This was now Friday morning and the presentation was Monday. Yeah... no kidding. I sat down with Tad Stones who would eventually be assigned as producer and went over ideas for setups that would give the feeling of this show and hopefully help sell the pitch. We tossed all the suggestions that had been done to date by another crew and started with a fresh slate. The pieces done originally for the presentation made the show look like another extension of DuckTales. Tad wanted something more visually exciting and with a combination of "The Shadow", "James Bond", "Green Hornet", "The Scarlet Pimpernel", and the new Tim Burton film, "Batman" mixed into the artwork so I kept that direction in mind while sketching. I VERY quickly drew up over a dozen pieces in thumbnail size and showed these roughs to Tad. He pretty much loved most of them and the couple he wasn't too crazy about were quickly round filed (office lingo for tossed in the garbage can).


 Storysketch I based on Tad's script
I still couldn't stand the Double-O-Duck design but this was the character design we were expected to use and at this point we were behind the 8-ball time wise. After lunch I xeroxed my drawings up in size to about 8 inches across and did a rough color pass over each with pastels. I had one of the few balconies with a sliding door so that I could go outside and spray matte fixative on the pastels to keep them from smudging. Tad also had a balcony and each time he heard my door slide open, he closed his to avoid the evil odors of asphyxiation wafting over into his domicile. I didn't blame him. My goal was (and I met it ) to have all the setups roughed and in color before the end of the day and then go home over the weekend and complete them in a larger 11" x 17" size for the pitch presentation. That was one of many "lost weekends" serving the mouse factory. Lost weekends it seems are a part of most animation folk I've known and worked with. It seems no matter how long something has been in development talks, there is ALWAYS a last minute, "we needed it yesterday" pressure that comes up right before a presentation date.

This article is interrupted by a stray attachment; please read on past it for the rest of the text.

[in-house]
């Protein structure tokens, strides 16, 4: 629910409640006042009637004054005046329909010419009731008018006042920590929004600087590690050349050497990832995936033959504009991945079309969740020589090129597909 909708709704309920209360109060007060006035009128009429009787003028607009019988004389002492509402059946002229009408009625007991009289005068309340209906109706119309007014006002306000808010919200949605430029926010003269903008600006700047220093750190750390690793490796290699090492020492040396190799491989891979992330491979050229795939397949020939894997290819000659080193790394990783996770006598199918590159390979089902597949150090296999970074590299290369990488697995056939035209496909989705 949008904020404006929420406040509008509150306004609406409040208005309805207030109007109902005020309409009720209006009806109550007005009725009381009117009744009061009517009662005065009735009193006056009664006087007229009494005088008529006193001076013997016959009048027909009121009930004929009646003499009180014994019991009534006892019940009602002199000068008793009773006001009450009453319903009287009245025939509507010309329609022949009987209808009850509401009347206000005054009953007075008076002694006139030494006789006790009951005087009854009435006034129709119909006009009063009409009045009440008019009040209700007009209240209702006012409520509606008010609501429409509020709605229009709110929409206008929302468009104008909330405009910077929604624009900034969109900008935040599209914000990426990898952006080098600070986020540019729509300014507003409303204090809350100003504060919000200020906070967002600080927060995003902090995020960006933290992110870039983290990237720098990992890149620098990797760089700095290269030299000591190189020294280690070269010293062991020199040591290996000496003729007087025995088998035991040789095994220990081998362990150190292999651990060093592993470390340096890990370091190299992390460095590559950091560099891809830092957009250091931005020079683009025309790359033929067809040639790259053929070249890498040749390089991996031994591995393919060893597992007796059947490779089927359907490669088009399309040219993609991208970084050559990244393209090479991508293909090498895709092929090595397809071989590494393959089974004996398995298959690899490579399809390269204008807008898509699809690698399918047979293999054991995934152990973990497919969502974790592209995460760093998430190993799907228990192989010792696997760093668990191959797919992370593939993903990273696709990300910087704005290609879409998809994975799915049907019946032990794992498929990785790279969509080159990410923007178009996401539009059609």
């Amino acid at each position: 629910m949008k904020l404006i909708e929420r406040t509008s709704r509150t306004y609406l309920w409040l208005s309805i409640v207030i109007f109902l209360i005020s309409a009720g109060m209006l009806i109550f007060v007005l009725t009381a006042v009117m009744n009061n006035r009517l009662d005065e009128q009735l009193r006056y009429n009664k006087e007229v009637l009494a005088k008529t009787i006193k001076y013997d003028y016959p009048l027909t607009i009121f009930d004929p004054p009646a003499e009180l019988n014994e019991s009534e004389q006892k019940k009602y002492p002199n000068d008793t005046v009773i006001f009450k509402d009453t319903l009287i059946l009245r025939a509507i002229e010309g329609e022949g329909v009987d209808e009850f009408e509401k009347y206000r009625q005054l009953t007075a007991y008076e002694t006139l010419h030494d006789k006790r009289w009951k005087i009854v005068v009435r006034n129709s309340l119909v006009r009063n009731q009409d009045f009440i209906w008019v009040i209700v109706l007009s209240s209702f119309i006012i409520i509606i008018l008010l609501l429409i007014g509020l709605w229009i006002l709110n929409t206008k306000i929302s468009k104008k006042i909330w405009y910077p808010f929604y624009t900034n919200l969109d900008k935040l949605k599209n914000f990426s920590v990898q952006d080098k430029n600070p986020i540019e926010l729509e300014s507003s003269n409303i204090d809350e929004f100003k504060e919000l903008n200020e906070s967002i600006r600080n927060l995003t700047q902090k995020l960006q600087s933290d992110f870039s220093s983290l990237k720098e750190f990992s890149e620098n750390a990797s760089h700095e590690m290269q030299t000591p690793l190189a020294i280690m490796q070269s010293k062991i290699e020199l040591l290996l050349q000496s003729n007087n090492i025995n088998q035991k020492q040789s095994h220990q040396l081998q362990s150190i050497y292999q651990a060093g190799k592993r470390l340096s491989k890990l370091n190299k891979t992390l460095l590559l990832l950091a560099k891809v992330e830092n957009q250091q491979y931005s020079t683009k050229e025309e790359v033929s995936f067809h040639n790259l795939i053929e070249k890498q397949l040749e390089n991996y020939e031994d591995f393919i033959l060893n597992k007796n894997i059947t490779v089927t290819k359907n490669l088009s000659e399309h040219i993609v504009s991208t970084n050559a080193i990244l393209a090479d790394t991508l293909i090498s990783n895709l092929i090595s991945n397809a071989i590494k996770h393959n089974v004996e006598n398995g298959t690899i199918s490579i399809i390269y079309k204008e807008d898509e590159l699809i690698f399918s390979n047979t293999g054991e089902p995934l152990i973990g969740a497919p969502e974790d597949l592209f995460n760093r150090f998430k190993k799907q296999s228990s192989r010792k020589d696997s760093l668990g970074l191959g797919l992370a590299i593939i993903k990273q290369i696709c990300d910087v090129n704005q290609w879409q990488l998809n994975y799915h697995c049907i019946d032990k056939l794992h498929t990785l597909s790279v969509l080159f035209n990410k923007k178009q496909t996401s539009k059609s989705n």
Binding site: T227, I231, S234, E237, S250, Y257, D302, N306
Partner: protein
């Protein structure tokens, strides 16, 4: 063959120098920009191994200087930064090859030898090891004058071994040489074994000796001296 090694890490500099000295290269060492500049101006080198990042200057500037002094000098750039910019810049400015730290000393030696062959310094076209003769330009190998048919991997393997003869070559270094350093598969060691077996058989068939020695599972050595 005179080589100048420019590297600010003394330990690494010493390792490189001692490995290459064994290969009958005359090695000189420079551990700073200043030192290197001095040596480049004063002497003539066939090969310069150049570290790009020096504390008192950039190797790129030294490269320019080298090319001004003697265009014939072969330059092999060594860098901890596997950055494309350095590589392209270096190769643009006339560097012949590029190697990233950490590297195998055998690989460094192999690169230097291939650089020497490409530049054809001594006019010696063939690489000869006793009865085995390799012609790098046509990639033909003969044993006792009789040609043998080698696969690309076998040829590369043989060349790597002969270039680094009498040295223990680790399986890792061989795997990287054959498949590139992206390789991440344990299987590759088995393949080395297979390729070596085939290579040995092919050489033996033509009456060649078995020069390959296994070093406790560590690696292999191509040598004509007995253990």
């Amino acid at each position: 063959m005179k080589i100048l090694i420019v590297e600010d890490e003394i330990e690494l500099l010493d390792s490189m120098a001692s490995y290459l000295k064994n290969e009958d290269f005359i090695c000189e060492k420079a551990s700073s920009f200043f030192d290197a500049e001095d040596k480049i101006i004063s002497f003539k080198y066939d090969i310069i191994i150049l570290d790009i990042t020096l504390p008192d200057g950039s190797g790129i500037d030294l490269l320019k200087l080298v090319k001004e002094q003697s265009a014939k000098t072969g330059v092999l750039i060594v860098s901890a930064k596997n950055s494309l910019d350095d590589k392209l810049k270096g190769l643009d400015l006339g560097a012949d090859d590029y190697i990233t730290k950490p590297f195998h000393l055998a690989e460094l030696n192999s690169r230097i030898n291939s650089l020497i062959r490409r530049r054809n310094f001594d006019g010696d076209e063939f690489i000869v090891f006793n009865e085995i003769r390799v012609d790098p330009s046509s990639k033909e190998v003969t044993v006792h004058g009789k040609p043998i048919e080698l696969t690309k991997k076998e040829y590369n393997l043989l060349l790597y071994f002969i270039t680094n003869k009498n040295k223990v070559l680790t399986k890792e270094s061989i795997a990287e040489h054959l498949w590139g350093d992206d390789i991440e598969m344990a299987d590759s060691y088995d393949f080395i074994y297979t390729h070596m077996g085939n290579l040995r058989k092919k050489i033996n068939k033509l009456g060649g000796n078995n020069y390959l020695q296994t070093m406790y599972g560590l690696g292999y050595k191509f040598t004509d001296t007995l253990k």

Very quickie setup, no time for reference or studies.
On Monday, I brought the artwork for the pitch in and Gary was thrilled with it. My only guess was that he must have had a heckofa great weekend but who am I to argue. I had come up with a location atop a cable suspension bridge where Double-O could have a secret base of operations to look out over the city and bay of Saint Canard. I also had a "car lift" to use one of the few vehicle designs we salvaged from the earlier artwork. Someone had mentioned having him ride on a motorcycle so I thought it would be a dynamic shot if I had him ride it directly up the cable to his secret hide-a-way. Tad went along with the idea and I included those setups in the pitch. Thank goodness my simple chunky motorcyle design along with the rather pedestrian old model car was later put on some artistic steroids for the series resulting in those very cool Darkwing vehicles he uses to track down the villains with. We composed a very entertaining script for the verbal part of the presentation that would have made a great radio show all be itself without any artwork to back it up. The pitch went very well, especially when you realize we had originally planned to be presenting the new updated "Bullwinkle" show instead of a last minute replacement named "Double-O-Duck".